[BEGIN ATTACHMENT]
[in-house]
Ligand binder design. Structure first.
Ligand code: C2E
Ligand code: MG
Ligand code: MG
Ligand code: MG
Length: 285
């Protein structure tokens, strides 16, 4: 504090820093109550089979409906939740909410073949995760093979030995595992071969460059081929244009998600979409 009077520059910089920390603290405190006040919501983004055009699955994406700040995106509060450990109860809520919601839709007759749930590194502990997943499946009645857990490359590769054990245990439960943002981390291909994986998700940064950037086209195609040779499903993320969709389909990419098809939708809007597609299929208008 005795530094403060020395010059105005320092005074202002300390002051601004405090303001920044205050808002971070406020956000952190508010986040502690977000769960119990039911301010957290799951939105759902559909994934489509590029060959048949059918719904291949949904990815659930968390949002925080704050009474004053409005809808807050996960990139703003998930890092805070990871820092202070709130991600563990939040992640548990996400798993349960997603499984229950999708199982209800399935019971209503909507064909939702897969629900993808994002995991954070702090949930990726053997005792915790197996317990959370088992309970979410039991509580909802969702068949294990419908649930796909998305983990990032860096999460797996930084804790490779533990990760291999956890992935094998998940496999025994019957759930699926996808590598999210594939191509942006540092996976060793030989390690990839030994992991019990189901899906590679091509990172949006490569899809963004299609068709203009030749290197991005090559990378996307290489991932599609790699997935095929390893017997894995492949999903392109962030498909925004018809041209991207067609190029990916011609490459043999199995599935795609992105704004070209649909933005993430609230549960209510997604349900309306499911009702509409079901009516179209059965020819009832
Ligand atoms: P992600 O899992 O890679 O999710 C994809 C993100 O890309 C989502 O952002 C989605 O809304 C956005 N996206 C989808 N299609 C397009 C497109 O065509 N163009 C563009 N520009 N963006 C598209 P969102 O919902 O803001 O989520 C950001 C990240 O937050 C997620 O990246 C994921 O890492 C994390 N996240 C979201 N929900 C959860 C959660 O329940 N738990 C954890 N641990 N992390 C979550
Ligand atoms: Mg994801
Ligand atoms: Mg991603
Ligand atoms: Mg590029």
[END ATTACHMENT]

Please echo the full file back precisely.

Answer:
[in-house]
Ligand binder design. Structure first.
Ligand code: C2E
Ligand code: MG
Ligand code: MG
Ligand code: MG
Length: 285
């Protein structure tokens, strides 16, 4: 504090820093109550089979409906939740909410073949995760093979030995595992071969460059081929244009998600979409 009077520059910089920390603290405190006040919501983004055009699955994406700040995106509060450990109860809520919601839709007759749930590194502990997943499946009645857990490359590769054990245990439960943002981390291909994986998700940064950037086209195609040779499903993320969709389909990419098809939708809007597609299929208008 005795530094403060020395010059105005320092005074202002300390002051601004405090303001920044205050808002971070406020956000952190508010986040502690977000769960119990039911301010957290799951939105759902559909994934489509590029060959048949059918719904291949949904990815659930968390949002925080704050009474004053409005809808807050996960990139703003998930890092805070990871820092202070709130991600563990939040992640548990996400798993349960997603499984229950999708199982209800399935019971209503909507064909939702897969629900993808994002995991954070702090949930990726053997005792915790197996317990959370088992309970979410039991509580909802969702068949294990419908649930796909998305983990990032860096999460797996930084804790490779533990990760291999956890992935094998998940496999025994019957759930699926996808590598999210594939191509942006540092996976060793030989390690990839030994992991019990189901899906590679091509990172949006490569899809963004299609068709203009030749290197991005090559990378996307290489991932599609790699997935095929390893017997894995492949999903392109962030498909925004018809041209991207067609190029990916011609490459043999199995599935795609992105704004070209649909933005993430609230549960209510997604349900309306499911009702509409079901009516179209059965020819009832
Ligand atoms: P992600 O899992 O890679 O999710 C994809 C993100 O890309 C989502 O952002 C989605 O809304 C956005 N996206 C989808 N299609 C397009 C497109 O065509 N163009 C563009 N520009 N963006 C598209 P969102 O919902 O803001 O989520 C950001 C990240 O937050 C997620 O990246 C994921 O890492 C994390 N996240 C979201 N929900 C959860 C959660 O329940 N738990 C954890 N641990 N992390 C979550
Ligand atoms: Mg994801
Ligand atoms: Mg991603
Ligand atoms: Mg590029």